Why You Do NOT Want Me On Your Education Council

As they have already done with Kindergarten, Gifted & Talented, and Universal pre-K applications, the New York City Department of Education has pushed back their deadline for parents wishing to run for a spot on various education councils, including Citywide Council on High-Schools, English Language Learners, Special Ed, and several District offices. The final forms were due on March 10.

Not only does the DOE have robocalls dialing our land-line, urging me to run (obviously, not me specifically; they’re calling everyone with a child in the public school system), but my friends have also gotten into the act.

“You should run for CEC! Nobody knows more about NYC schools than you do!”

“And you would be the first in line to impeach me within a week, if I am,” I predict.

That’s because I know that my idea of what makes a good school is diametrically opposed to theirs.  (And yet, even in these polarized times, we still manage to be friends.) As an example, at a recent meeting at one of my children’s schools, as the counselor was explaining how much stress all our kids were under and what the administration was doing to relieve it, my husband and I looked at each other and, almost in sync, mouthed, “What’s wrong with stress?” This, I realize is not a popular or even socially acceptable parental stance.

If you take a seat on an Education Council, you have to believe that you know what’s best not only for your children, but for everyone else’s.

I don’t.

Well, OK, that’s not true. I do believe that I know what’s best for your child. I just don’t believe that I have the right to impose my views on you.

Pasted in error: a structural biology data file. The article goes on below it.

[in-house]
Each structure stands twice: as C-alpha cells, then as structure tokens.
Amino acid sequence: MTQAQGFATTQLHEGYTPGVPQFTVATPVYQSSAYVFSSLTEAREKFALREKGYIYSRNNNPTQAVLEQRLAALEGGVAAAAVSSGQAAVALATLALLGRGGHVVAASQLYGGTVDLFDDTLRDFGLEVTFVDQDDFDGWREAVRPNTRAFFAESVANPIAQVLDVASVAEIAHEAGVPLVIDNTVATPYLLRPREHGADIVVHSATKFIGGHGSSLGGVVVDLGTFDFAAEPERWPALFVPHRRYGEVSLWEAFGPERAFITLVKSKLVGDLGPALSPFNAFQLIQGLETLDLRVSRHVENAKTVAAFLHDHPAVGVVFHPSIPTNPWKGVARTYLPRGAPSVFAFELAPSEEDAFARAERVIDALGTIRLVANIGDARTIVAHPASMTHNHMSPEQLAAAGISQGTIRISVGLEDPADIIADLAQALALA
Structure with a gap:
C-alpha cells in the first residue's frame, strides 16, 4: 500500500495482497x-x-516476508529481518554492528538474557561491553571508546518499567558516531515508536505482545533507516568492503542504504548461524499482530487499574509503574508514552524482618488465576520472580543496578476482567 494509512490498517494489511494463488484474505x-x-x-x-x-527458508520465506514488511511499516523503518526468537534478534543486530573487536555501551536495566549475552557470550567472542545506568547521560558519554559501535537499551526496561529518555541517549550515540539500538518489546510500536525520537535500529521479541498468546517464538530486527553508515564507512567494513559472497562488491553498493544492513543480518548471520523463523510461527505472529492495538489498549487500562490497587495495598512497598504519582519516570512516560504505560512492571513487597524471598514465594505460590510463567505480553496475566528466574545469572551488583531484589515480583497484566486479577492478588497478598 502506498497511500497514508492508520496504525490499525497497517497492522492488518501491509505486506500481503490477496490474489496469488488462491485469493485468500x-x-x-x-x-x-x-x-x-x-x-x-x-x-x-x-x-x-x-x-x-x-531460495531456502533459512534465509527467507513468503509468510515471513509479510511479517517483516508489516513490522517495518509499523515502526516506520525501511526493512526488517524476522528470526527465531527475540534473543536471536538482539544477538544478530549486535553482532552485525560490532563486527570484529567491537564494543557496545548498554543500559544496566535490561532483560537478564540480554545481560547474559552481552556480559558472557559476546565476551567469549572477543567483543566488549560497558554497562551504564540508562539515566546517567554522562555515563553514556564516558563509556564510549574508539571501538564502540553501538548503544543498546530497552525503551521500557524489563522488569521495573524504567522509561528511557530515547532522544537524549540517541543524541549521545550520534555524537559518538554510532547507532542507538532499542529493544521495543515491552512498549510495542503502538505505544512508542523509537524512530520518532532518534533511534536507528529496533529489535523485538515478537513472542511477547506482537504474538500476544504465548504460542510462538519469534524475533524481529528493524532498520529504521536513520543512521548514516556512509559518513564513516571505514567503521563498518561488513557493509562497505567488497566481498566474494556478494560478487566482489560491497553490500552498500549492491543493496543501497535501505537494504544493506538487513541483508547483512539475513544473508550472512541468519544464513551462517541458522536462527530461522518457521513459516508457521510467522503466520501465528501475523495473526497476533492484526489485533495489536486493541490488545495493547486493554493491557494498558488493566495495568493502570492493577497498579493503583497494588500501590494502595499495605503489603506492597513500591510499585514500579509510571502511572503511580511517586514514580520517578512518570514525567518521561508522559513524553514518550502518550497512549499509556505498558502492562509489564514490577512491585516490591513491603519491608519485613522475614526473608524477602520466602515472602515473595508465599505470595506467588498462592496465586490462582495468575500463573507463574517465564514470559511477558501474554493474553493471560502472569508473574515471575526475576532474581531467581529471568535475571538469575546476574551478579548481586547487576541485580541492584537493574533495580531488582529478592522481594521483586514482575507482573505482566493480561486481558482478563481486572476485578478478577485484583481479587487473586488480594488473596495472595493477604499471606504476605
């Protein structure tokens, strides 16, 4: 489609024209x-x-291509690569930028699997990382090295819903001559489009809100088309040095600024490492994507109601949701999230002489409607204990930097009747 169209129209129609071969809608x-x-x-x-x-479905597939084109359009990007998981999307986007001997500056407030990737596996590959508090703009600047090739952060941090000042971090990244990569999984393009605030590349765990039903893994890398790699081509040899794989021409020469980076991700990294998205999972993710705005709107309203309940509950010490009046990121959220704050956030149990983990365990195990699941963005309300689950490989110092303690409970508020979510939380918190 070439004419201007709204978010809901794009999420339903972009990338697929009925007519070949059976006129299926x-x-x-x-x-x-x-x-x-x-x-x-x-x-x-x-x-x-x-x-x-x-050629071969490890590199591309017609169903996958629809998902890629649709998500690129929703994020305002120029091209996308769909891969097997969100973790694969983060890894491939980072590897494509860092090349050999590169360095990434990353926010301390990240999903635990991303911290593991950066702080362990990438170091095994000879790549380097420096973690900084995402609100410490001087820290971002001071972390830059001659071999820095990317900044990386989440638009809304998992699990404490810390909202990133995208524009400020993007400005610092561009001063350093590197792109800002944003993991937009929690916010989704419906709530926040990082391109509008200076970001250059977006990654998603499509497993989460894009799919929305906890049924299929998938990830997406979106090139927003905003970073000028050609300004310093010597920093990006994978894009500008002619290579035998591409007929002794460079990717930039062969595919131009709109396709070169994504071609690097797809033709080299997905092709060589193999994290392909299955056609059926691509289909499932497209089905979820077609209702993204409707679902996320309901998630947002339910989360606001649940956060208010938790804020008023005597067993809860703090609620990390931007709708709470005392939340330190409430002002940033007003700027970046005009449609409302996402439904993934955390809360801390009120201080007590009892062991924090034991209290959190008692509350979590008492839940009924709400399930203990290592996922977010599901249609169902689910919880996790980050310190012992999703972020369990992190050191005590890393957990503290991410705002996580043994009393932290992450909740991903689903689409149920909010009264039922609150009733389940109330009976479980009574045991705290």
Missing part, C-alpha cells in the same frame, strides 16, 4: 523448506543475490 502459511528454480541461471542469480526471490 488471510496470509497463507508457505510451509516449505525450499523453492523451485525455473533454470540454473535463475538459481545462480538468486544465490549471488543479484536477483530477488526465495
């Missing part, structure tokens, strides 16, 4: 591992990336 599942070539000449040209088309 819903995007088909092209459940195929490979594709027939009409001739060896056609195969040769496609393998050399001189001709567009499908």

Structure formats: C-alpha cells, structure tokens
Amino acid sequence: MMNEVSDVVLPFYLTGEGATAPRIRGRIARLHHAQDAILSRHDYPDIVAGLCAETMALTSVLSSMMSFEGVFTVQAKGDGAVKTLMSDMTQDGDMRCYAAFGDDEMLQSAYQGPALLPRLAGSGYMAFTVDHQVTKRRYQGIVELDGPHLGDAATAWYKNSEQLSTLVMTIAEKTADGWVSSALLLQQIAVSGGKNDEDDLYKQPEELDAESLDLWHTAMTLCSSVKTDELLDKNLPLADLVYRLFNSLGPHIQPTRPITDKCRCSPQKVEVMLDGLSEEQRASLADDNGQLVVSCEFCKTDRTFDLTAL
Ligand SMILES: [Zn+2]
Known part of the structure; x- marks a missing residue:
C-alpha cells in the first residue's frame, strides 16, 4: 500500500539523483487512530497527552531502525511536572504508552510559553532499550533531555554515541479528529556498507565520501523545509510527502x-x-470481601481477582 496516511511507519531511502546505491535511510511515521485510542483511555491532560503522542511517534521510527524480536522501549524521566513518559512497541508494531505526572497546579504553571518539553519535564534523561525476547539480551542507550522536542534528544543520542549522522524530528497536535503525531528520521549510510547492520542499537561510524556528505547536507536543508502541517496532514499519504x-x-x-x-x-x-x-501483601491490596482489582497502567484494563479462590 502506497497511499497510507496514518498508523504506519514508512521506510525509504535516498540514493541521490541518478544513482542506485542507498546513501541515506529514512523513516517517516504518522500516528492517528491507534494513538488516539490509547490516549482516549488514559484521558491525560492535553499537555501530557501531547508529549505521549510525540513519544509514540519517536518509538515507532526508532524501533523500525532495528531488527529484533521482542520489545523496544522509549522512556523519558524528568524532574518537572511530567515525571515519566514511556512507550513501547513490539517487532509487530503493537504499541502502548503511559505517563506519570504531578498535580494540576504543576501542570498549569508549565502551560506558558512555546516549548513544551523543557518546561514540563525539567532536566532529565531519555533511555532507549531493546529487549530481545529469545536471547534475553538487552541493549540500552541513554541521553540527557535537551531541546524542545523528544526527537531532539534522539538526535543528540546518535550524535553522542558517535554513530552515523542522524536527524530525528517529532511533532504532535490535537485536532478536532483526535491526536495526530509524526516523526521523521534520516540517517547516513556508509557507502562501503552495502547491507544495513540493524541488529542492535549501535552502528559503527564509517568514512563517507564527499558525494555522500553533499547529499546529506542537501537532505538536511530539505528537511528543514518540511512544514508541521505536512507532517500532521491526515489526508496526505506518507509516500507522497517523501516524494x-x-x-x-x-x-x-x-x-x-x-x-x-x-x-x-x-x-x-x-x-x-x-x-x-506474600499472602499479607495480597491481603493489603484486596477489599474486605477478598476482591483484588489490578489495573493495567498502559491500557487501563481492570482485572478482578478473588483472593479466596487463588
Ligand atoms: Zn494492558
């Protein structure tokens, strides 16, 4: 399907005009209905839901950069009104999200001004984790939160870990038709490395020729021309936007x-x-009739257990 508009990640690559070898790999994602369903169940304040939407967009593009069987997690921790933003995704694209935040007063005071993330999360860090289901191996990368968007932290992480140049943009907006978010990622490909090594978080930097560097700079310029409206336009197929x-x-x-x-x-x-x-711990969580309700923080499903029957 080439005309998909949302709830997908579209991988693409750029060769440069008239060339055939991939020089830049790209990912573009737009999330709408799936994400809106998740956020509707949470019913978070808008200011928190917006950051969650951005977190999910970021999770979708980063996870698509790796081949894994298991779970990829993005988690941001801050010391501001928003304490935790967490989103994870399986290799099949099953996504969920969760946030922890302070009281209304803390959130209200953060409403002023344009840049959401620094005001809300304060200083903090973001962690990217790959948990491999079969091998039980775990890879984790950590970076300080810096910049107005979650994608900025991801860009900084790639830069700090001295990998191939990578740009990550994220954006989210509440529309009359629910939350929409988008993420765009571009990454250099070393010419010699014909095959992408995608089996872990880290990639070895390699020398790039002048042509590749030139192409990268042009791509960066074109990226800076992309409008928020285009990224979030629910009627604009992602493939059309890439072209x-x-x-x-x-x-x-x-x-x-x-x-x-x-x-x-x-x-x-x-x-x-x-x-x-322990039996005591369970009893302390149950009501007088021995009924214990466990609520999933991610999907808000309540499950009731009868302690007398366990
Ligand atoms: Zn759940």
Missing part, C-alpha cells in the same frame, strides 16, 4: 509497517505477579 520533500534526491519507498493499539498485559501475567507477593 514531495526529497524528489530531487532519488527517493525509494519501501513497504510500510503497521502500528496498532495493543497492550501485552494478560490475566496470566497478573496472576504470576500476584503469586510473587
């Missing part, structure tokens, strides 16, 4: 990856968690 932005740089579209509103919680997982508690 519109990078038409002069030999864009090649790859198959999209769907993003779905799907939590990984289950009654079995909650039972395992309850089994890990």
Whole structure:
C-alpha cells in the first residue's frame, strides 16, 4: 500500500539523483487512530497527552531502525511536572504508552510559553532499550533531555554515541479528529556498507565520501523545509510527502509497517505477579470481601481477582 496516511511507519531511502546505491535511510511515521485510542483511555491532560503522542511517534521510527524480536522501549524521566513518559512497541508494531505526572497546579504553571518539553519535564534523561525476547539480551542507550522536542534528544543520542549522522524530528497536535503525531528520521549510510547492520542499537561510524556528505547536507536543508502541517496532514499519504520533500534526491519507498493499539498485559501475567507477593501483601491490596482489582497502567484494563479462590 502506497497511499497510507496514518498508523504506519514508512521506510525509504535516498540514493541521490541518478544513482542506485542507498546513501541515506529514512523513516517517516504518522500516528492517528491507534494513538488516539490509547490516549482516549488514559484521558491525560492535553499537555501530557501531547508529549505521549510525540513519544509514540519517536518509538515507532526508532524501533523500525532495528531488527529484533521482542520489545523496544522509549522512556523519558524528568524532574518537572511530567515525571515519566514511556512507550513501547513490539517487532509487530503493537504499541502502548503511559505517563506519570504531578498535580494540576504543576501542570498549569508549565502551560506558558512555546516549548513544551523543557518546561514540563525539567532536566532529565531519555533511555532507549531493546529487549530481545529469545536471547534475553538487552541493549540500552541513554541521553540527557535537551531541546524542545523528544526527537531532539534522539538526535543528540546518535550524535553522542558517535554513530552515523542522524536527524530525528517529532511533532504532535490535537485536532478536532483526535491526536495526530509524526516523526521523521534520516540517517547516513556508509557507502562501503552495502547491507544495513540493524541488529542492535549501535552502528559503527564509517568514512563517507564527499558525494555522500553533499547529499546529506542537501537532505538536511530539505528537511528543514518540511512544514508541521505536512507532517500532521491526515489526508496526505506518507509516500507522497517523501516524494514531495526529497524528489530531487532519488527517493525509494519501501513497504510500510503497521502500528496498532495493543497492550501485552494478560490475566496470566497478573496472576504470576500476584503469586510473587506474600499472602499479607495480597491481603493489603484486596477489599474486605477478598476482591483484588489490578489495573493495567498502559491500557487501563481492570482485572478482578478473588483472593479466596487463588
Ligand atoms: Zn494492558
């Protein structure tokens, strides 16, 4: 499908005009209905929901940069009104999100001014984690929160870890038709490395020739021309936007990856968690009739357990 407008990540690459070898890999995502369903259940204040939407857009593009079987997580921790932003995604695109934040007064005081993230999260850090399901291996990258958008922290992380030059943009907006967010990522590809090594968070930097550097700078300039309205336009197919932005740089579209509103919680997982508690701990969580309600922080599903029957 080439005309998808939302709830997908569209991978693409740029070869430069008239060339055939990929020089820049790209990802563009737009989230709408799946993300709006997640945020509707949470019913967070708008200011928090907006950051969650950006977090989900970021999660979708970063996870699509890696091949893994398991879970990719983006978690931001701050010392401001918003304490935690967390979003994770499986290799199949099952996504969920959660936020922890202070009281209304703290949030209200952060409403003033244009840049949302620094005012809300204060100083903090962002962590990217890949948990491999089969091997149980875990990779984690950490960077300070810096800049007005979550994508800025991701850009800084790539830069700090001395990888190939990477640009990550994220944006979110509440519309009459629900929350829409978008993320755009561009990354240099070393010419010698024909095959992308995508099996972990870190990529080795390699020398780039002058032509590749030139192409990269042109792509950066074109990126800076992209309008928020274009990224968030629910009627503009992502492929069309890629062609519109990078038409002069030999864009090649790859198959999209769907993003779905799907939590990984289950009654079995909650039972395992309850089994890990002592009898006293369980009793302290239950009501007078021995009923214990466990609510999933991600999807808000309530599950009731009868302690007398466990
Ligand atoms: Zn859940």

Homework is another issue that gets parents worked up. Why is there (allegedly) so much of it? What good does it do? Poor, overworked kids deserve a break! All schools should follow this Kipps Bay example and ban it altogether.

As it happens, my daughter is the kind of kid who benefits from repetition. If she didn’t get homework in math facts or spelling, she’d fall even further behind in class. For her, homework actually is beneficial so, no, I don’t believe it should be banned.

So how about this, then? I send my children to the school I believe would be best for them (not saying I’m right, as my mother instructs me, “Don’t worry, any decisions you make about your children, you’ll be wrong,” – again, not me specifically, parents in general), and you send your children to the schools you believe would be best for them.  Zoned, unzoned, gifted, traditional, progressive, public, charter, private, religious, single-sex, co-ed, it’s totally your call!

If I were to serve on an Education Council and be forced to vote on how to educate all children, I’d obviously vote for principles I support. So get ready for accelerated instruction, homework even on the weekends, and if that stresses out your kid, good — stress builds character! But what if you don’t see eye to eye with my vision? Why in the world should anyone but you be making decisions for your family? Education isn’t one size fits all.

For those, like the DOE, who say that a Community Education Council doesn’t make its own policies but simply represents the needs and wishes of their community members, I say… eh. When it came to Upper West Side District 3 rezoning, the community came out in droves to object, but the CEC went ahead and rubber-stamped the proposal anyway. There’s no two ways about it: They’re making decisions for your children.

So thank you for the invitation, friends and robo-calls. I am honored that you all think so highly of me (really). But I think I’ll pass.

I may know a ton about local schools and how they work (and where many of the bodies are buried). But the ones who know what’s best for your children – will always be you. I have no intention of getting in the way of that.

— Alina Adams

Alina Adams is a New York City mom of 3 school-age children. Her website is NYC School Secrets. This post originally appeared on New York School Talk.

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